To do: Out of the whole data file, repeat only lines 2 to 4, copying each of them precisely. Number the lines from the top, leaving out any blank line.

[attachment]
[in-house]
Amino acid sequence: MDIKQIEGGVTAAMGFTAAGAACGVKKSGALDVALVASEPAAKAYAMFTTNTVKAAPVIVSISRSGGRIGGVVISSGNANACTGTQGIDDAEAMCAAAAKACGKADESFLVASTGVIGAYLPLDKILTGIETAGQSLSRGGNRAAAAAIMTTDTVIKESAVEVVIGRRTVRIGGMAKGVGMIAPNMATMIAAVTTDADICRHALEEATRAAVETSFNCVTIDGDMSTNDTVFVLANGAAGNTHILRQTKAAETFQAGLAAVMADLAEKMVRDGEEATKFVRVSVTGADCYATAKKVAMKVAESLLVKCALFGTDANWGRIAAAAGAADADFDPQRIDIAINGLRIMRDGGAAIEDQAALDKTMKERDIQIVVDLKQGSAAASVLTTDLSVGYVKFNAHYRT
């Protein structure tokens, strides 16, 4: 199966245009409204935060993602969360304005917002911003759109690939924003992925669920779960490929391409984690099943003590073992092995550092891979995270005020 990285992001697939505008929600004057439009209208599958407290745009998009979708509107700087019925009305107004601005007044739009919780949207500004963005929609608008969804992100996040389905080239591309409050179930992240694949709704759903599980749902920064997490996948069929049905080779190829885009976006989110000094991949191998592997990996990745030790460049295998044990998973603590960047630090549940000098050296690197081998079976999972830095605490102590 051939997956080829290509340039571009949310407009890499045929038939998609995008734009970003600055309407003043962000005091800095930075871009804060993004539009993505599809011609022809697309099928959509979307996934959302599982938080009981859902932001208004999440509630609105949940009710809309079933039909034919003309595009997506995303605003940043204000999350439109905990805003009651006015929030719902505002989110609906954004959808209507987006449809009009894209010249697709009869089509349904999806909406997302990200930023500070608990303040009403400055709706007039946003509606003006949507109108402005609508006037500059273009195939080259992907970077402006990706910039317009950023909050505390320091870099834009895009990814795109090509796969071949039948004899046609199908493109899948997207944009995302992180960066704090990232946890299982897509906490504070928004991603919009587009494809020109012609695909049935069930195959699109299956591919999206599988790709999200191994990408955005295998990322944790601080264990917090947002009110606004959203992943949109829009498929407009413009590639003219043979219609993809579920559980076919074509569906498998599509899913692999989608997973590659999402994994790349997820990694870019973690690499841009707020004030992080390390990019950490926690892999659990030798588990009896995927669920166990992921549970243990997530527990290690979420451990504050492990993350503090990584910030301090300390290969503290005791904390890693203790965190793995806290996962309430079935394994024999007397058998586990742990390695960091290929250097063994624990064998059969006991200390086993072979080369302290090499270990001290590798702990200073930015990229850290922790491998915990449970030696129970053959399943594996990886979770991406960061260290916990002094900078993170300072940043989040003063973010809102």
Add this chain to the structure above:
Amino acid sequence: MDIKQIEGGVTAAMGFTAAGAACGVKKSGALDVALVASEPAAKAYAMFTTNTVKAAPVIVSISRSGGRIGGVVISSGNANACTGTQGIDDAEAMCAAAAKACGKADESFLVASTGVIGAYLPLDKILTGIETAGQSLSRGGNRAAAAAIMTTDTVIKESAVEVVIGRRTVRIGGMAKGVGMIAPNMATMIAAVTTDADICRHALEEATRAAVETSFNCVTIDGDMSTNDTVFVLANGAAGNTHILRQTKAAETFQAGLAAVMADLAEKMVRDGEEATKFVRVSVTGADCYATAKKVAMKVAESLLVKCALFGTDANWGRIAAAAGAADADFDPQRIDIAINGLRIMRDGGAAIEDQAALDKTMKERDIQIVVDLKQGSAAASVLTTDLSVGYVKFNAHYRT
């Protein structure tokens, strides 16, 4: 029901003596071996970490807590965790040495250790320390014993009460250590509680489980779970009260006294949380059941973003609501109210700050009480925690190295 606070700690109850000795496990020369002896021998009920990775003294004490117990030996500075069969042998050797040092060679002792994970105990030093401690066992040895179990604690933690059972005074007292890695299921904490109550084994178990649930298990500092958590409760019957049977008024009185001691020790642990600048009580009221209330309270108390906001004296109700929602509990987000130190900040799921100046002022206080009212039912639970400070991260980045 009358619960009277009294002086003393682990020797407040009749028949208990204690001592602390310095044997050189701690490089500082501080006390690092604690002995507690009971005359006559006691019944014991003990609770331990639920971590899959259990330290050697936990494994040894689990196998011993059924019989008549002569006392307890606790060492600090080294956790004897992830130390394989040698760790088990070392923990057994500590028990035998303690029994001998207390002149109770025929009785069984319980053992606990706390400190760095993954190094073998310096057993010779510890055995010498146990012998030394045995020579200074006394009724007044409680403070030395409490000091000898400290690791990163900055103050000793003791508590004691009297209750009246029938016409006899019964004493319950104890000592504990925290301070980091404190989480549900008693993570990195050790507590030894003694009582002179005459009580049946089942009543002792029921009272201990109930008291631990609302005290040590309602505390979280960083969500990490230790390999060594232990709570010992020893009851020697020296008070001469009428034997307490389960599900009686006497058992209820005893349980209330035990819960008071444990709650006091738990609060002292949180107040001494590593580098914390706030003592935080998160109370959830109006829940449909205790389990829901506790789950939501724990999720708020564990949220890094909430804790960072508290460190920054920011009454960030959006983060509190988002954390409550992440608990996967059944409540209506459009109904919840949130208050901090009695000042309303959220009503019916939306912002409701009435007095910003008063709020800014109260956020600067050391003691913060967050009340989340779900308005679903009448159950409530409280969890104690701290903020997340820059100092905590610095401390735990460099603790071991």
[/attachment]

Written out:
Amino acid sequence: MDIKQIEGGVTAAMGFTAAGAACGVKKSGALDVALVASEPAAKAYAMFTTNTVKAAPVIVSISRSGGRIGGVVISSGNANACTGTQGIDDAEAMCAAAAKACGKADESFLVASTGVIGAYLPLDKILTGIETAGQSLSRGGNRAAAAAIMTTDTVIKESAVEVVIGRRTVRIGGMAKGVGMIAPNMATMIAAVTTDADICRHALEEATRAAVETSFNCVTIDGDMSTNDTVFVLANGAAGNTHILRQTKAAETFQAGLAAVMADLAEKMVRDGEEATKFVRVSVTGADCYATAKKVAMKVAESLLVKCALFGTDANWGRIAAAAGAADADFDPQRIDIAINGLRIMRDGGAAIEDQAALDKTMKERDIQIVVDLKQGSAAASVLTTDLSVGYVKFNAHYRT
């Protein structure tokens, strides 16, 4: 199966245009409204935060993602969360304005917002911003759109690939924003992925669920779960490929391409984690099943003590073992092995550092891979995270005020 990285992001697939505008929600004057439009209208599958407290745009998009979708509107700087019925009305107004601005007044739009919780949207500004963005929609608008969804992100996040389905080239591309409050179930992240694949709704759903599980749902920064997490996948069929049905080779190829885009976006989110000094991949191998592997990996990745030790460049295998044990998973603590960047630090549940000098050296690197081998079976999972830095605490102590 051939997956080829290509340039571009949310407009890499045929038939998609995008734009970003600055309407003043962000005091800095930075871009804060993004539009993505599809011609022809697309099928959509979307996934959302599982938080009981859902932001208004999440509630609105949940009710809309079933039909034919003309595009997506995303605003940043204000999350439109905990805003009651006015929030719902505002989110609906954004959808209507987006449809009009894209010249697709009869089509349904999806909406997302990200930023500070608990303040009403400055709706007039946003509606003006949507109108402005609508006037500059273009195939080259992907970077402006990706910039317009950023909050505390320091870099834009895009990814795109090509796969071949039948004899046609199908493109899948997207944009995302992180960066704090990232946890299982897509906490504070928004991603919009587009494809020109012609695909049935069930195959699109299956591919999206599988790709999200191994990408955005295998990322944790601080264990917090947002009110606004959203992943949109829009498929407009413009590639003219043979219609993809579920559980076919074509569906498998599509899913692999989608997973590659999402994994790349997820990694870019973690690499841009707020004030992080390390990019950490926690892999659990030798588990009896995927669920166990992921549970243990997530527990290690979420451990504050492990993350503090990584910030301090300390290969503290005791904390890693203790965190793995806290996962309430079935394994024999007397058998586990742990390695960091290929250097063994624990064998059969006991200390086993072979080369302290090499270990001290590798702990200073930015990229850290922790491998915990449970030696129970053959399943594996990886979770991406960061260290916990002094900078993170300072940043989040003063973010809102």
Add this chain to the structure above: